Spinal Stenosis: Physical Therapy Before Surgery


FREE PREVIEW. AAFP members and paid subscribers: Log in to get free access. All others: Purchase online access.

FREE PREVIEW. Purchase online access to read the full version of this article.

Am Fam Physician. 2015 Sep 15;92(6):528.

Clinical Question

Is surgery more effective than physical therapy in patients referred for surgery for spinal stenosis?

Bottom Line

Assigning patients to six weeks of physical therapy is as effective as initially sending them for decompression surgery, with fewer complications, even in patients who have a strong preference for surgery. A trial of six weeks of physical therapy makes sense for many patients with confirmed spinal stenosis before getting out the scalpel. (Level of Evidence = 1b –)


The investigators enrolled 169 patients (average age: 66 to 69 years) with image-confirmed lumbar stenosis who consented to surgery. This approach to enrollment eliminated many patients, presumably those with milder symptoms. The patients were randomly assigned (allocation concealed) to surgery or physical therapy. The decompression surgery was the typical procedure used in research and practice. Physical therapy, administered twice weekly for six weeks, consisted of lumbar flexion exercises and conditioning to identify the issues of strength and flexibility identified at enrollment. Analysis was by intention to treat, meaning that patients assigned to physical therapy were analyzed as being in that group even if they eventually received surgery, which 57% of them did over the two years of follow-up (most of them within the first 10 weeks of the study).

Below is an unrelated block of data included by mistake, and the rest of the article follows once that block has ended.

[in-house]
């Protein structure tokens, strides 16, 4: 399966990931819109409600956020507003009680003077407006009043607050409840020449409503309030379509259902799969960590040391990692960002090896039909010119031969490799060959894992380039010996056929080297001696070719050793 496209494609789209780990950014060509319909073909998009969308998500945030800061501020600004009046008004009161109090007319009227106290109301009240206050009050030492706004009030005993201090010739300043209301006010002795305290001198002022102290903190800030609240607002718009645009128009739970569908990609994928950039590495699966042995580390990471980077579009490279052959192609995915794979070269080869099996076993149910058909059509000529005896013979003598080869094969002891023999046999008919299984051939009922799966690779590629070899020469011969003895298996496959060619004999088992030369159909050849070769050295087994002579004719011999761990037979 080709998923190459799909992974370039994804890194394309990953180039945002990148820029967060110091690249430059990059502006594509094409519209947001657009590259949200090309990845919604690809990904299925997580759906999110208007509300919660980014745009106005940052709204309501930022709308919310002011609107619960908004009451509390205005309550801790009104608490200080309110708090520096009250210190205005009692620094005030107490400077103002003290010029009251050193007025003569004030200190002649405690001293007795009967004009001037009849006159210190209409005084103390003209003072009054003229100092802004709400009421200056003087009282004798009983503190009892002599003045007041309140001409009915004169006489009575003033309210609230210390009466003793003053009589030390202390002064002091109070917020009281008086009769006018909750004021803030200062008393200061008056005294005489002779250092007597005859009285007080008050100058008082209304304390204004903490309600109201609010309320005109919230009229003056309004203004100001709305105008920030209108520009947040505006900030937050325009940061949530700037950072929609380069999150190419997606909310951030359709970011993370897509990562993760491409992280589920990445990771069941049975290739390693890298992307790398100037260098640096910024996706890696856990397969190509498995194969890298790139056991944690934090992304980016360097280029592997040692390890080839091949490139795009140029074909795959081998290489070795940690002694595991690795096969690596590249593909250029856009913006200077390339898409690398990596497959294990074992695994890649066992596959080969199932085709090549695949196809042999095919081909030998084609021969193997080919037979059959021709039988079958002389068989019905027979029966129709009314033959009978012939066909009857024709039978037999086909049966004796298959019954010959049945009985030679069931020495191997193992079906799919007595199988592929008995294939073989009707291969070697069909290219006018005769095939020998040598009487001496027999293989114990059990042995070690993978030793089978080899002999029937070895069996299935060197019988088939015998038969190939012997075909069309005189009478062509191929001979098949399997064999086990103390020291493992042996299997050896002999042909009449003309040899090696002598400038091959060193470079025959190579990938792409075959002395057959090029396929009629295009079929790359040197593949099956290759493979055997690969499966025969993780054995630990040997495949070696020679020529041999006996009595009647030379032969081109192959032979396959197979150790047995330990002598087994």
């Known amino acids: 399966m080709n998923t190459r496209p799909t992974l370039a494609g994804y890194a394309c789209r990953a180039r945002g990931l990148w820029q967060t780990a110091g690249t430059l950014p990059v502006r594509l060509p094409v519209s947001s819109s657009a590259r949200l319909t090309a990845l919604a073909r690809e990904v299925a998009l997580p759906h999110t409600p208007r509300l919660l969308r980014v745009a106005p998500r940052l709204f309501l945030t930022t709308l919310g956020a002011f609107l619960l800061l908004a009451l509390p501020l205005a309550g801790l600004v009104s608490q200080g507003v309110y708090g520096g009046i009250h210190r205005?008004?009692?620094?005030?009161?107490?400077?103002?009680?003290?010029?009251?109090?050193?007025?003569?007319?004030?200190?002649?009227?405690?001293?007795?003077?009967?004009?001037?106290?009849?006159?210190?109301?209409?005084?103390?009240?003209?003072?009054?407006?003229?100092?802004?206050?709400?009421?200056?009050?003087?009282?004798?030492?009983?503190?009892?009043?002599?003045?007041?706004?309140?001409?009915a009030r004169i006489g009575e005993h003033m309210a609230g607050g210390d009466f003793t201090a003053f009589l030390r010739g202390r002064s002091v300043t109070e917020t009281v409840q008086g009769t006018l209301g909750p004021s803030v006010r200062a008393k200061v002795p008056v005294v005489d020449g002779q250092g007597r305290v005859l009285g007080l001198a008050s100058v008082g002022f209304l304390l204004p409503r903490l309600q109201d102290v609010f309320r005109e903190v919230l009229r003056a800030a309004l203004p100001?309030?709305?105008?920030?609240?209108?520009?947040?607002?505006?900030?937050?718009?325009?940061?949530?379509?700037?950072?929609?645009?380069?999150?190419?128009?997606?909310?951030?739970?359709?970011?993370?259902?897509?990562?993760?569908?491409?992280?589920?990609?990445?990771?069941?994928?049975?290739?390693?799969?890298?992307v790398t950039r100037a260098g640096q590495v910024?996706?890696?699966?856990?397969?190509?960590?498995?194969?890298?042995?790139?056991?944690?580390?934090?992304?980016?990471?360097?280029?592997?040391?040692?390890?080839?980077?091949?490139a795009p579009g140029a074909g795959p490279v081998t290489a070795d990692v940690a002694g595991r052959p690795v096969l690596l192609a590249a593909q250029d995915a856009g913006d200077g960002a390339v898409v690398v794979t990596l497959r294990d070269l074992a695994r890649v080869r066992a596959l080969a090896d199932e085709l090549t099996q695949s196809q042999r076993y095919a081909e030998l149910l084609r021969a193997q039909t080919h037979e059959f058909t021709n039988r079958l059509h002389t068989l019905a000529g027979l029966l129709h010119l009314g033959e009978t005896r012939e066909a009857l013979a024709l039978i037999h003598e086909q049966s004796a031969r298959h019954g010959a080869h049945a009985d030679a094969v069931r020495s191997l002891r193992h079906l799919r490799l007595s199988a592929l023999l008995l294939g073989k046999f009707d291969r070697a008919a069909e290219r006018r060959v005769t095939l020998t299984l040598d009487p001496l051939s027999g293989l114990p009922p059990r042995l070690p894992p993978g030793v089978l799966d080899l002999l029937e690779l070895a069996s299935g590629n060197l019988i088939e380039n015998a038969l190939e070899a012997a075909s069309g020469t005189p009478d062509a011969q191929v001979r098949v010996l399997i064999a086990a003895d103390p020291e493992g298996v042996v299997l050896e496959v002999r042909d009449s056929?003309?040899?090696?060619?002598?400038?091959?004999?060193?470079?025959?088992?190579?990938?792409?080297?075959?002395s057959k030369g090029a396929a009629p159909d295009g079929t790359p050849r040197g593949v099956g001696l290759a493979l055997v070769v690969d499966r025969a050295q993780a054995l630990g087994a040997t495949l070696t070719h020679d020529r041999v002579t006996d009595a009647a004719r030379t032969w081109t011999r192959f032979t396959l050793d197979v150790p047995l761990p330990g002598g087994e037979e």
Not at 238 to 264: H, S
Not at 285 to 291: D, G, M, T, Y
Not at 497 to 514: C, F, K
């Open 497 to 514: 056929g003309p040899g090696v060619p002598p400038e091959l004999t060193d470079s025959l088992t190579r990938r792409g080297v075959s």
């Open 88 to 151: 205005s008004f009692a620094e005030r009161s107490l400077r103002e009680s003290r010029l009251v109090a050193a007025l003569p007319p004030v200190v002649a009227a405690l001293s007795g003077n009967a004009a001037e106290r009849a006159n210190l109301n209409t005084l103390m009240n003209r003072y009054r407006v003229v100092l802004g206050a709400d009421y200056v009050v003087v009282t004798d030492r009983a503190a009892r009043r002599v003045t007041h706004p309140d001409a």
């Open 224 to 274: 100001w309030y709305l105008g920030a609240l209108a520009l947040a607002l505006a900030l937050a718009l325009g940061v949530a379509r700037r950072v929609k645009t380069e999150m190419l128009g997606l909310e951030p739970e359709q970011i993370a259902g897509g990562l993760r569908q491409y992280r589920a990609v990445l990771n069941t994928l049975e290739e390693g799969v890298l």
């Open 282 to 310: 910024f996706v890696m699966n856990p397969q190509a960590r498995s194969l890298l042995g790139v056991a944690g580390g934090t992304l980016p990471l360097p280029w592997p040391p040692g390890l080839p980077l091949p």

Approximately 20% in each group sought additional physical therapy. Two years after identification, general quality of life (as measured by the 36-Item Short Form Health Survey, a typical measure of quality of life) improved equally in both groups, to an average score of 48 to 50 from a baseline of 26 to 28 out of a possible 100. Analyzing by actual treatment rather than by intention to treat yielded similar results, although the study may not have had enough power to find a difference if one existed. Pain, disability, and neurogenic symptoms improved similarly in both groups. Complications were common in the back surgery group, including the need for reoperation. Many patients were not returned to “normal” but continued to visit a back surgeon or primary care physician for back pain two years after the intervention.

Study design: Randomized controlled trial (single-blinded)

Funding source: Government

Allocation: Concealed

Setting: Outpatient (specialty)

Reference: Delitto A, Piva SR, Moore CG, et al. Surgery versus nonsurgical treatment of lumbar spinal stenosis: a randomized trial. Ann Intern Med. 2015; 162( 7): 465– 473.

POEMs (patient-oriented evidence that matters) are provided by EssentialEvidence Plus, a point-of-care clinical decision support system published by Wiley-Blackwell. For more information, please see http://www.essentialevidenceplus.com. Copyright Wiley-Blackwell. Used with permission.

For definitions of levels of evidence used in POEMs, see http://www.essentialevidenceplus.com/product/ebm_loe.cfm?show=oxford.

To subscribe to a free podcast of these and other POEMs that appear in AFP,search in iTunes for “POEM of the Week” or go to http://goo.gl/3niWXb.

This series is coordinated by Sumi Sexton, MD, Associate Deputy Editor.

A collection of POEMs published in AFP is available at http://www.aafp.org/afp/poems.


Want to use this article elsewhere? Get Permissions

More in AFP

Editor's Collections

Related Content

More in Pubmed


Oct 15, 2016

Access the latest issue of American Family Physician

Read the Issue

Email Alerts

Don't miss a single issue. Sign up for the free AFP email table of contents.

Sign Up Now

Navigate this Article